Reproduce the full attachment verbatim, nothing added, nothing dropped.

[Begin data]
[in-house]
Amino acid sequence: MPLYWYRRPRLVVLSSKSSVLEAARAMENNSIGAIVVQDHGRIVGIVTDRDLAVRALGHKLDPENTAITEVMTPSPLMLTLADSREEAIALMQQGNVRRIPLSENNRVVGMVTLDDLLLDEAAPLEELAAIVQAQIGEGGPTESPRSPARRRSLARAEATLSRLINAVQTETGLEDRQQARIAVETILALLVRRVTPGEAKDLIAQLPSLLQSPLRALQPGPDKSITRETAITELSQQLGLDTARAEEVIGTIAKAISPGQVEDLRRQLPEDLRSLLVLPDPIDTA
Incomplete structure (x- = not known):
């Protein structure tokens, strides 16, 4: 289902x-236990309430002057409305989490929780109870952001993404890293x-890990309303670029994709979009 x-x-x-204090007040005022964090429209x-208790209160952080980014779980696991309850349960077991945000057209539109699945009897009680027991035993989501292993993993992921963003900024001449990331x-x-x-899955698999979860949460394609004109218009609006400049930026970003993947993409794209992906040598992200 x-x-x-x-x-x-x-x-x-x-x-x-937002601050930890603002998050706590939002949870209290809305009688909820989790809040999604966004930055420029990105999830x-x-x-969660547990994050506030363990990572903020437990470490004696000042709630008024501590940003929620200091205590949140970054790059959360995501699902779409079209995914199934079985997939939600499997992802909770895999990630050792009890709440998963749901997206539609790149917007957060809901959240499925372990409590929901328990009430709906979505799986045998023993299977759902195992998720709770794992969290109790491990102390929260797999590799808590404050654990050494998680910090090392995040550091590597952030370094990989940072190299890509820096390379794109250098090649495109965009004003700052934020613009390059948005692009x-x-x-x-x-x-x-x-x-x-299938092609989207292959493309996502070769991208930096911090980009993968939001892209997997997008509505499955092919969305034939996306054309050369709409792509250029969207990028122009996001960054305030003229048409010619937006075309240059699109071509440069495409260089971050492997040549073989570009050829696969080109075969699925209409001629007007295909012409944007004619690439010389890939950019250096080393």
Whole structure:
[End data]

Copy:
[in-house]
Amino acid sequence: MPLYWYRRPRLVVLSSKSSVLEAARAMENNSIGAIVVQDHGRIVGIVTDRDLAVRALGHKLDPENTAITEVMTPSPLMLTLADSREEAIALMQQGNVRRIPLSENNRVVGMVTLDDLLLDEAAPLEELAAIVQAQIGEGGPTESPRSPARRRSLARAEATLSRLINAVQTETGLEDRQQARIAVETILALLVRRVTPGEAKDLIAQLPSLLQSPLRALQPGPDKSITRETAITELSQQLGLDTARAEEVIGTIAKAISPGQVEDLRRQLPEDLRSLLVLPDPIDTA
Incomplete structure (x- = not known):
């Protein structure tokens, strides 16, 4: 289902x-236990309430002057409305989490929780109870952001993404890293x-890990309303670029994709979009 x-x-x-204090007040005022964090429209x-208790209160952080980014779980696991309850349960077991945000057209539109699945009897009680027991035993989501292993993993992921963003900024001449990331x-x-x-899955698999979860949460394609004109218009609006400049930026970003993947993409794209992906040598992200 x-x-x-x-x-x-x-x-x-x-x-x-937002601050930890603002998050706590939002949870209290809305009688909820989790809040999604966004930055420029990105999830x-x-x-969660547990994050506030363990990572903020437990470490004696000042709630008024501590940003929620200091205590949140970054790059959360995501699902779409079209995914199934079985997939939600499997992802909770895999990630050792009890709440998963749901997206539609790149917007957060809901959240499925372990409590929901328990009430709906979505799986045998023993299977759902195992998720709770794992969290109790491990102390929260797999590799808590404050654990050494998680910090090392995040550091590597952030370094990989940072190299890509820096390379794109250098090649495109965009004003700052934020613009390059948005692009x-x-x-x-x-x-x-x-x-x-299938092609989207292959493309996502070769991208930096911090980009993968939001892209997997997008509505499955092919969305034939996306054309050369709409792509250029969207990028122009996001960054305030003229048409010619937006075309240059699109071509440069495409260089971050492997040549073989570009050829696969080109075969699925209409001629007007295909012409944007004619690439010389890939950019250096080393």
Whole structure: